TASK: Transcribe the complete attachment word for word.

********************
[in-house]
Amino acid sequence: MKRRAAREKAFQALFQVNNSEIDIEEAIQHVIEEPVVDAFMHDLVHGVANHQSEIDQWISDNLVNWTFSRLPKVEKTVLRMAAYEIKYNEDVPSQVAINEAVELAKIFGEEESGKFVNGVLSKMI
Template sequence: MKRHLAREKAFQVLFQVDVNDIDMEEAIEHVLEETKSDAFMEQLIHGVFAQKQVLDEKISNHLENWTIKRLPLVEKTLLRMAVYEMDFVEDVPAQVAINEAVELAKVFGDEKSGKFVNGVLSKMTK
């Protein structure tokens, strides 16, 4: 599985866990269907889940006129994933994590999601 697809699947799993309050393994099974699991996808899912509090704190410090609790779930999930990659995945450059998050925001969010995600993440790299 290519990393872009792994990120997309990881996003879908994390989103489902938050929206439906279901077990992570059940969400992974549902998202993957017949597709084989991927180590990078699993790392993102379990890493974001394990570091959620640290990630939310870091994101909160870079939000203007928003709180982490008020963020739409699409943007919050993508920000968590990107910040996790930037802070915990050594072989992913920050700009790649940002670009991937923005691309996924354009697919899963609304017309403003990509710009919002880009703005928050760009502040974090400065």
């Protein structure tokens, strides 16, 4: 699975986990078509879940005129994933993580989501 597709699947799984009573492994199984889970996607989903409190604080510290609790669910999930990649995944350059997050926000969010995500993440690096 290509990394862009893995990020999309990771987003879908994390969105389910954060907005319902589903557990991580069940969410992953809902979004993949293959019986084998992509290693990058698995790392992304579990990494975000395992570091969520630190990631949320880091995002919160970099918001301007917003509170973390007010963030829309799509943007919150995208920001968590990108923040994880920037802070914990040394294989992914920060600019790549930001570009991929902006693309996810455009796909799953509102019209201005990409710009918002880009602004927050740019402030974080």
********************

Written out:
[in-house]
Amino acid sequence: MKRRAAREKAFQALFQVNNSEIDIEEAIQHVIEEPVVDAFMHDLVHGVANHQSEIDQWISDNLVNWTFSRLPKVEKTVLRMAAYEIKYNEDVPSQVAINEAVELAKIFGEEESGKFVNGVLSKMI
Template sequence: MKRHLAREKAFQVLFQVDVNDIDMEEAIEHVLEETKSDAFMEQLIHGVFAQKQVLDEKISNHLENWTIKRLPLVEKTLLRMAVYEMDFVEDVPAQVAINEAVELAKVFGDEKSGKFVNGVLSKMTK
């Protein structure tokens, strides 16, 4: 599985866990269907889940006129994933994590999601 697809699947799993309050393994099974699991996808899912509090704190410090609790779930999930990659995945450059998050925001969010995600993440790299 290519990393872009792994990120997309990881996003879908994390989103489902938050929206439906279901077990992570059940969400992974549902998202993957017949597709084989991927180590990078699993790392993102379990890493974001394990570091959620640290990630939310870091994101909160870079939000203007928003709180982490008020963020739409699409943007919050993508920000968590990107910040996790930037802070915990050594072989992913920050700009790649940002670009991937923005691309996924354009697919899963609304017309403003990509710009919002880009703005928050760009502040974090400065």
């Protein structure tokens, strides 16, 4: 699975986990078509879940005129994933993580989501 597709699947799984009573492994199984889970996607989903409190604080510290609790669910999930990649995944350059997050926000969010995500993440690096 290509990394862009893995990020999309990771987003879908994390969105389910954060907005319902589903557990991580069940969410992953809902979004993949293959019986084998992509290693990058698995790392992304579990990494975000395992570091969520630190990631949320880091995002919160970099918001301007917003509170973390007010963030829309799509943007919150995208920001968590990108923040994880920037802070914990040394294989992914920060600019790549930001570009991929902006693309996810455009796909799953509102019209201005990409710009918002880009602004927050740019402030974080």